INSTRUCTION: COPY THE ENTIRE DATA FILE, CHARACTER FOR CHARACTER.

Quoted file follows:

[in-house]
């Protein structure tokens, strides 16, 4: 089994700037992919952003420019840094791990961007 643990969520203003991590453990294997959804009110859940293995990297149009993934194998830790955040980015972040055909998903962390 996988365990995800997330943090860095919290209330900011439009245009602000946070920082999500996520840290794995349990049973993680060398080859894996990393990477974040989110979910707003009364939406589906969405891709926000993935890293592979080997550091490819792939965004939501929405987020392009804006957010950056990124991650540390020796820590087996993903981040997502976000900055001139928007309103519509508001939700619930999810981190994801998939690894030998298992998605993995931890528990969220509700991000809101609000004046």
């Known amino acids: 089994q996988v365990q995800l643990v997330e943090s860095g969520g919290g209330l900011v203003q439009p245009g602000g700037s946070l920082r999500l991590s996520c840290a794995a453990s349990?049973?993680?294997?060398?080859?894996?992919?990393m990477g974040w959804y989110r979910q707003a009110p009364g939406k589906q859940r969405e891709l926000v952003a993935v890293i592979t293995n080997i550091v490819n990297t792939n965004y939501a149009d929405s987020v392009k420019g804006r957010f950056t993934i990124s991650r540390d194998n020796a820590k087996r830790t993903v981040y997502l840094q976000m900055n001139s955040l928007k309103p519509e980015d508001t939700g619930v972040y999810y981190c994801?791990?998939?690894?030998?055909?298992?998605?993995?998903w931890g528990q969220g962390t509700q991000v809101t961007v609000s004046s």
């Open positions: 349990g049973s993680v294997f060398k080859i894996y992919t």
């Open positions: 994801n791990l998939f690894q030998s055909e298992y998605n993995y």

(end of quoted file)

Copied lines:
[in-house]
């Protein structure tokens, strides 16, 4: 089994700037992919952003420019840094791990961007 643990969520203003991590453990294997959804009110859940293995990297149009993934194998830790955040980015972040055909998903962390 996988365990995800997330943090860095919290209330900011439009245009602000946070920082999500996520840290794995349990049973993680060398080859894996990393990477974040989110979910707003009364939406589906969405891709926000993935890293592979080997550091490819792939965004939501929405987020392009804006957010950056990124991650540390020796820590087996993903981040997502976000900055001139928007309103519509508001939700619930999810981190994801998939690894030998298992998605993995931890528990969220509700991000809101609000004046």
């Known amino acids: 089994q996988v365990q995800l643990v997330e943090s860095g969520g919290g209330l900011v203003q439009p245009g602000g700037s946070l920082r999500l991590s996520c840290a794995a453990s349990?049973?993680?294997?060398?080859?894996?992919?990393m990477g974040w959804y989110r979910q707003a009110p009364g939406k589906q859940r969405e891709l926000v952003a993935v890293i592979t293995n080997i550091v490819n990297t792939n965004y939501a149009d929405s987020v392009k420019g804006r957010f950056t993934i990124s991650r540390d194998n020796a820590k087996r830790t993903v981040y997502l840094q976000m900055n001139s955040l928007k309103p519509e980015d508001t939700g619930v972040y999810y981190c994801?791990?998939?690894?030998?055909?298992?998605?993995?998903w931890g528990q969220g962390t509700q991000v809101t961007v609000s004046s």
């Open positions: 349990g049973s993680v294997f060398k080859i894996y992919t």
């Open positions: 994801n791990l998939f690894q030998s055909e298992y998605n993995y």